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Audiophile Column No 3. Interconnect cables. Digital link

Why do we need interconnect cables? The answer is trivial – to connect different components. You can link a CD player with a digital-to-analog converter or connect speakers to an amplifier. This is relatively straightforward. But why on earth do you need expensive cables? This point is quite critical. After the first column I received a letter with two questions. One of them set the tone for this issue. First I will quote my correspondent.

Dear Ilya,

I have been thinking about one issue for a long time. My profession is connected with data transfer in physical media and I regularly go mad when I hear that an interconnect cable for $500 is better than one for $150. In my native town we have a chain of pretentious HiFi shops with pushy consultants and I regularly ask them to explain the difference. I was never satisfied with their answers, but they always insist that the sound is different. I tested cables several times, but did not hear anything specific. These are digital interfaces, right? How terminal units must work if they cannot transfer data without distortions? I have two black boxes successfully exchanging data via 40 Gb/s duplex connection. The price of the interconnect cable is £23, but I do not lose a single bit. Is it marketing propaganda again?


Sasha, the issue of cables is very complicated. At the moment I am quite skeptical about analog interconnect cables let alone digital ones, which should ensure the absence of losses and bugs. But there are people in their right mind who clearly hear the difference between different cables and types of connection (for example, optical and analog). One day we can hear it as well.

Our readers would probably like to see a good interconnect cable from a famous brand. Here comes Ethernet cable for $499 from Denon.

Now, let's think. From the beginning we should remember that cables transfer not abstract zeroes and ones, but real signals. If you detect the voltage from 0.5 V and up it is "one" and everything below is "zero". There may be some differences, because the signal transfer is never error free. To find and correct these errors special algorithms are used.

If correction algorithms are disabled in the device, which gets the signal and turns it digital then two cables may give different sound. But I suspect that after a certain price level the signal deterioration in the optical conductor (for optical connection) and voltage loss (for analog connection) are negligible, so there should be no problem to detect any zero or one if you do not have interference or rumble.

If the insulation features something dim (optical connection) or contains extraneous materials (coaxial cable) errors are natural. Do not discard external noise as well. Faulty design of devices, which fail to detect and correct errors, may be intended after all.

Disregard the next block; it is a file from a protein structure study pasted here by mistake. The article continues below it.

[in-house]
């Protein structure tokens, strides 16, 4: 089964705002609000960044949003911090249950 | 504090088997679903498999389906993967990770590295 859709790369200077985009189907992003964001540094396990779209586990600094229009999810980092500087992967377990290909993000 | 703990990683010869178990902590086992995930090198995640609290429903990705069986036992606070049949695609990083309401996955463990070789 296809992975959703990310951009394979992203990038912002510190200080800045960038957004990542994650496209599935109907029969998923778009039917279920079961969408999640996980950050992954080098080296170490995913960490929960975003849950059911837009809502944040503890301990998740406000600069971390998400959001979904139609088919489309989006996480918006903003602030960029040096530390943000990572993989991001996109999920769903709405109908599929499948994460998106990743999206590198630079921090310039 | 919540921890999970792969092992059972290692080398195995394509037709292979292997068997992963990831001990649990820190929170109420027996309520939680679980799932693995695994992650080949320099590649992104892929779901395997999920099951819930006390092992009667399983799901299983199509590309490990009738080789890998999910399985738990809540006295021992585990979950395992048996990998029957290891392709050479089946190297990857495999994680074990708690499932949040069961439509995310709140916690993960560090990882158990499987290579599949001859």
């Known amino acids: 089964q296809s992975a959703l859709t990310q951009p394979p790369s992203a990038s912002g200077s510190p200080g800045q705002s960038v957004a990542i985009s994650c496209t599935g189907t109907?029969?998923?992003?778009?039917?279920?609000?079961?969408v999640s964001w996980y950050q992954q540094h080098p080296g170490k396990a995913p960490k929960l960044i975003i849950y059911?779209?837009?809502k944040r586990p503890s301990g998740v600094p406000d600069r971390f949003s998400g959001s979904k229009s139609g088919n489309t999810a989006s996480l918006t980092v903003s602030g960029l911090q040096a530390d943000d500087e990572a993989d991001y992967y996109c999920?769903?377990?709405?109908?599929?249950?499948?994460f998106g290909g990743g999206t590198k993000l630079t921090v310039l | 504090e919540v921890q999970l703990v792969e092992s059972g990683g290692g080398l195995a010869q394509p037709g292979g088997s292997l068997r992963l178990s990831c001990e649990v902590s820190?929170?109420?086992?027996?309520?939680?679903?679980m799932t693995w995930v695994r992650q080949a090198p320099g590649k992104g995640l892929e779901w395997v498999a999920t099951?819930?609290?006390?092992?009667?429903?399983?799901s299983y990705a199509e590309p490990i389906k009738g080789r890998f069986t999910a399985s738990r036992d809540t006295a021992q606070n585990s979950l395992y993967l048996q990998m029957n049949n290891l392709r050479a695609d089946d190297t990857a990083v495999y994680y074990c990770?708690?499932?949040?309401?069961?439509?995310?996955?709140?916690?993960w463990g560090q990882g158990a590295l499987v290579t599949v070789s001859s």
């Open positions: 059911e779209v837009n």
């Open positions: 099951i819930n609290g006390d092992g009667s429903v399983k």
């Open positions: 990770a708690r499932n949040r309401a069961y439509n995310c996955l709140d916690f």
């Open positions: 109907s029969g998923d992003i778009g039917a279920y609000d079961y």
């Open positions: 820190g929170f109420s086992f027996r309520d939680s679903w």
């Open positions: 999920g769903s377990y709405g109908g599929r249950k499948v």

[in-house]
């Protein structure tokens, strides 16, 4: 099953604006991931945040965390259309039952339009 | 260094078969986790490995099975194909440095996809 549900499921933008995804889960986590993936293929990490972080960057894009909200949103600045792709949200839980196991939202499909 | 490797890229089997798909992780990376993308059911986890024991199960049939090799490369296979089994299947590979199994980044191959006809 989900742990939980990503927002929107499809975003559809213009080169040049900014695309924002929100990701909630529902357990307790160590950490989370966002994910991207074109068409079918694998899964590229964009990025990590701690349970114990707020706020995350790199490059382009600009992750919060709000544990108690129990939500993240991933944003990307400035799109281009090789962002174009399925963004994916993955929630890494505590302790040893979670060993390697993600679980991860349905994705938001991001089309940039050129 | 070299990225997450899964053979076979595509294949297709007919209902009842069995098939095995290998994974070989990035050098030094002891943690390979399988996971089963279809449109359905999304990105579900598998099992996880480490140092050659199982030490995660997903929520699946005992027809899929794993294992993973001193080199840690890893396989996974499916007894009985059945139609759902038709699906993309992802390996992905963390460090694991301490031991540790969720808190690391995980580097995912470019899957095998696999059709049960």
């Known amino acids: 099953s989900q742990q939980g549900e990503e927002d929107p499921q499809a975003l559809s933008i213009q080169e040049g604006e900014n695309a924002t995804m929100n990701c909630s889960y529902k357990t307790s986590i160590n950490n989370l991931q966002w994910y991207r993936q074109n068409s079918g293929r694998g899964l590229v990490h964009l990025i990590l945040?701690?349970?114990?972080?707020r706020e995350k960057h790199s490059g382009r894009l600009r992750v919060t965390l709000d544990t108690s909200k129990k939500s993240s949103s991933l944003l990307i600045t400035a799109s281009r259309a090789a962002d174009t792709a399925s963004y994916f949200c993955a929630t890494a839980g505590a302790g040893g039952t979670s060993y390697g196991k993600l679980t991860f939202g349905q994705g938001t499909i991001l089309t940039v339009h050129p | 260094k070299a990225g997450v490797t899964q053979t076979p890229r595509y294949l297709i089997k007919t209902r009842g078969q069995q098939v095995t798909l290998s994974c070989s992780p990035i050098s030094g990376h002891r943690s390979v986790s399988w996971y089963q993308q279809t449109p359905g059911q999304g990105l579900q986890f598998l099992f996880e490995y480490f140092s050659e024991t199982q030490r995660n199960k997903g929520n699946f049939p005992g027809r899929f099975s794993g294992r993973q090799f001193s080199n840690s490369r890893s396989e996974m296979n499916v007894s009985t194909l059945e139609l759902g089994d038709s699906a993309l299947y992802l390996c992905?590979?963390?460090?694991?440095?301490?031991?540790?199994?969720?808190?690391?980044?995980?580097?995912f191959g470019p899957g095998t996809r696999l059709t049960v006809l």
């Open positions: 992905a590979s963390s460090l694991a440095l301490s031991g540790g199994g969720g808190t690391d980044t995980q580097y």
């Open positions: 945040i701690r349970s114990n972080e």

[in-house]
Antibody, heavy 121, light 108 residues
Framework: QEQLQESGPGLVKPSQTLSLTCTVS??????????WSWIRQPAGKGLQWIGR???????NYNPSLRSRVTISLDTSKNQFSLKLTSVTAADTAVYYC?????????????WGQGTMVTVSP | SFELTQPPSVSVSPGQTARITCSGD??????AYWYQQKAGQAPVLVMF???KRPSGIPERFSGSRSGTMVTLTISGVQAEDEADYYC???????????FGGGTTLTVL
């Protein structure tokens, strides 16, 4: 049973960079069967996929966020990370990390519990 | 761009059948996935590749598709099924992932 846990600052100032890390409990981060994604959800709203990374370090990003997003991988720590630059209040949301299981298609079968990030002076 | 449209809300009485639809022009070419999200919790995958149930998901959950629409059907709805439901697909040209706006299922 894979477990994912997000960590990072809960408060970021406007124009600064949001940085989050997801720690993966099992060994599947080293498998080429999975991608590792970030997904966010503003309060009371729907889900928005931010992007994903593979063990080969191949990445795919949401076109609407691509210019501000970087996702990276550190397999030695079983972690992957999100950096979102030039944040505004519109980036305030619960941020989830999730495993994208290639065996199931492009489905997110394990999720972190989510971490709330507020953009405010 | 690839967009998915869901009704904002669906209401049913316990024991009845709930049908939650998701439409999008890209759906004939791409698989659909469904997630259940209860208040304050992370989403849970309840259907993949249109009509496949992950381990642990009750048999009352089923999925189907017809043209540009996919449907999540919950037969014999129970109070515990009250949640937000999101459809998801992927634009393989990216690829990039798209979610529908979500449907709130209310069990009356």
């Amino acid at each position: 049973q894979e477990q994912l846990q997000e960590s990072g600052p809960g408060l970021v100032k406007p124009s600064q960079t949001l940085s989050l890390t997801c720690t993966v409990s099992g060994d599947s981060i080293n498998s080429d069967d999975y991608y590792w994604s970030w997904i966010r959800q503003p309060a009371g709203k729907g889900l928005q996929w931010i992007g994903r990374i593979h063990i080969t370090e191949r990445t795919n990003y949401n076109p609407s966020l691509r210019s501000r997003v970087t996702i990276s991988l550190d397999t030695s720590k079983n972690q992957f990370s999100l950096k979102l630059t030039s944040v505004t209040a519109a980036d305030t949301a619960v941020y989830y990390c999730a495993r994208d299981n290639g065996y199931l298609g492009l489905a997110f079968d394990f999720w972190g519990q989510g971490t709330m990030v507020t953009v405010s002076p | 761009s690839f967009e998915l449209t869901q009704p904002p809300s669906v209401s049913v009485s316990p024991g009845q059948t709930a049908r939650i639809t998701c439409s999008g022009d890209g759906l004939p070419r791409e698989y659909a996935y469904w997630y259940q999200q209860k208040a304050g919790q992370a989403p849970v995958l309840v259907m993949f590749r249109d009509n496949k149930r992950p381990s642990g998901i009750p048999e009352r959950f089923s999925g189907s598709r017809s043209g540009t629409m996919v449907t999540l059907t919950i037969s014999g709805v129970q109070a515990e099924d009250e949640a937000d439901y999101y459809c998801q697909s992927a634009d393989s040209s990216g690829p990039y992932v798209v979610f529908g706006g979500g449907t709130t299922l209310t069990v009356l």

I communicated with specialists in radio electronics and I was told that it is possible to create a system, which could react to every change of environment. It is not fair, but allows playing with the sound.

Now let's speak about interference and rumble. I connected Xbox 360 with the long unshielded component cable to a 2.5 meter screen and could clearly observe artefacts. When I used a more expensive cable with better shielding the problem was solved. Why such a situation should be impossible when you connect two audio components with a cable? By the way, my projector is not the top of the range.

Here come two questions. First – can it happen? Theoretically, it is possible. The second question is can you hear the difference? The answer needs some consideration.

Alexander claims that no matter how hard he tries he cannot hear the difference between different configurations. Two conclusions are possible in this case. The first one is a bit pessimistic that he may not be able to hear it at all, while the second suggests that consultants failed to help him hear this difference. Sometimes listeners do not know what to pay attention to, but an experienced audio fan will notice everything very quickly.

I can advise either not to bother about the issue or find a better mentor in this area. The clear cut answer is impossible, because then we would not have had arguments about interconnect cables between those who hear the different and their colleagues who cannot achieve that.

Let's return to the price barrier. The interconnect cable for data transfer cost £23. The distance between the components was probably not big, but it still cost more than an electric cable. After this how can we reproach audiophiles who claim that "the price of interconnect cables must constitute no less than 10% of the total price of equipment"? A worthy device needs an appropriate accessory. Moreover, expensive speakers and HiFi equipment in general have better resolution ability, which facilitates the discovery of artefacts (remember the projector screen I mentioned, because on an old LCD monitor some interference was just not visible).

Without going into technical detail I think we should not laugh at those who hear the difference. They are supposed to fail blind tests, but that's a whole different ball game. This topic deserves a separate article just like a choice of "right" speaker cables.

What should you do if the shielding is great and errors are easily corrected? There is one more option. For example, look at this pricey ($1200 for 15 meters) HDMI cable M2000 from Monster Cable with the lifetime guarantee and the fastest data transfer speed. To be more precise, it is a photo of its connector. No comment.

Do you want to talk about this? Please, go to our Forum and let your opinion be known to the author and everybody else.

Ilya Tarakanov (tarakanov.ilya@gmail.com)
Translated by Maxim Antonenko (maxantonenko@ukr.net)

Published - 19 August 2010

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